(Q)ROPS - the great tax debate (II)

Amid all the press and industry comment on the Overseas Transfer Charge, what has gone almost unnoticed is the implementation of the EU Council Directive regarding the mandatory automatic exchange of taxation information.

Amid all the press and industry comment on the Overseas Transfer Charge, what has gone almost unnoticed is the implementation of EU Council Directive 2014/107/EU of 9 December 2014, amending Directive 2011/16/EU with regard to the mandatory automatic exchange of information in the field of taxation (DAC2). This is generically called the ‘Common Reporting Standard.’ (CRS).

CRS and pension schemes

It is to a degree jurisdictionally dependent, but in Malta the Common Reporting Standard issued in terms of Article 96(2) of the Income Tax Act (Chapter 123 of the Laws of Malta) requires all pension schemes to collect and report certain information about an account holder’s tax residence.

Each jurisdiction has its own rules for defining tax residence. In general, tax residence is the country in which you live. Special circumstances (such as studying abroad, working overseas or extended travel) may cause you to be resident elsewhere, or resident in more than one country at the same time (dual residency). The country/countries in which you pay income tax are likely to be your country/countries of tax residence.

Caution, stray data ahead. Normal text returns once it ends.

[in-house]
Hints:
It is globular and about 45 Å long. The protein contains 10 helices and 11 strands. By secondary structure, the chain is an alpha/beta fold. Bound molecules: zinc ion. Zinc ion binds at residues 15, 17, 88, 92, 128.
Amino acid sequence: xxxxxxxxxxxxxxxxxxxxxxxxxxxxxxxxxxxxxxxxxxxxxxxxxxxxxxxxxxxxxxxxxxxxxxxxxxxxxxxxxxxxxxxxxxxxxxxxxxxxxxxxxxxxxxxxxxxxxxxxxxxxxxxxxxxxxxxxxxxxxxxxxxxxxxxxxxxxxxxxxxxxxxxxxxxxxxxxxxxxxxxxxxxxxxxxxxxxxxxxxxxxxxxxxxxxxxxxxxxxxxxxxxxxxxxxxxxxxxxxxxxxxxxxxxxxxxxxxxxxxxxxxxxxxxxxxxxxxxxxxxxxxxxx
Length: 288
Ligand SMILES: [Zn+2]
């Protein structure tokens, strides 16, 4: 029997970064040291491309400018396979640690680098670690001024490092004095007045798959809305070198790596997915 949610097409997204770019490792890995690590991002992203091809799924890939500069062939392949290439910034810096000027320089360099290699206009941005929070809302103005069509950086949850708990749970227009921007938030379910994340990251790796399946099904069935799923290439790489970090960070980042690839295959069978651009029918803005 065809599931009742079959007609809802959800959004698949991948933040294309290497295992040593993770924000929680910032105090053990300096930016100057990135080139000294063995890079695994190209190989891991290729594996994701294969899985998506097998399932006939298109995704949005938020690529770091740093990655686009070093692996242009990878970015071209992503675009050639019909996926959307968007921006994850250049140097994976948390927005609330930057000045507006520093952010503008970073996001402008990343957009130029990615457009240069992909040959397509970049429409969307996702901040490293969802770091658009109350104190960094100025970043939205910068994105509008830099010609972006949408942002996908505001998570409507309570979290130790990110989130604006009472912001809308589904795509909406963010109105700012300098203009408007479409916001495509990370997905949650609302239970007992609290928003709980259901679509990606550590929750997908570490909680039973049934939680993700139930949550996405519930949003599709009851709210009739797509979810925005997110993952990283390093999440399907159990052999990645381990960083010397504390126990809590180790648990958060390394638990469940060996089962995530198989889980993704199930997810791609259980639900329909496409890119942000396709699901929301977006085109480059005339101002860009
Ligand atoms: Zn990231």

If a member’s tax residence is located outside Malta the Pension Scheme may be legally obliged to pass on the information in this form, and other financial information with respect to your financial accounts, to the competent authority in line with the provisions of Regulation 8 of the Cooperation with Other Jurisdiction on Tax Matters Regulation (LN 295 of 2011 as amended). This data needs to be submitted by 30 April 2017.

No longer will members of pension schemes be able to ‘fly under the radar’ on disclosure of their pension fund income in foreign countries.

Penalties

The Penalties imposed upon Pension Scheme Trustees will encourage compliance.

Failure to report
Where a Scheme fails to report the information required to be reported in accordance with regulation 41 of the amended Cooperation with Other Jurisdiction on Tax Matters Regulations within the time provided in section 9.3 above, the Trustees will be subject to a penalty of:

  1. €2,500 and
  2. €100 for every day during which the default existed: provided that this penalty shall not exceed in total €20,000.

Failure to report in a complete and accurate manner 
Where a Trustee fails to report the information required to be reported in terms of regulation 41 of the amended Cooperation with Other Jurisdiction on Tax Matters Regulations in a complete and accurate manner, the Trustees will be subject to a penalty dependent on the nature of the breach of the obligation, in line with regulation 44(1)(e) of the Regulations.

Minor Errors
In the event that the information reported is corrupted or incomplete, the Commissioner shall contact the Trustees directly to try and resolve the problem. Examples of minor errors could include: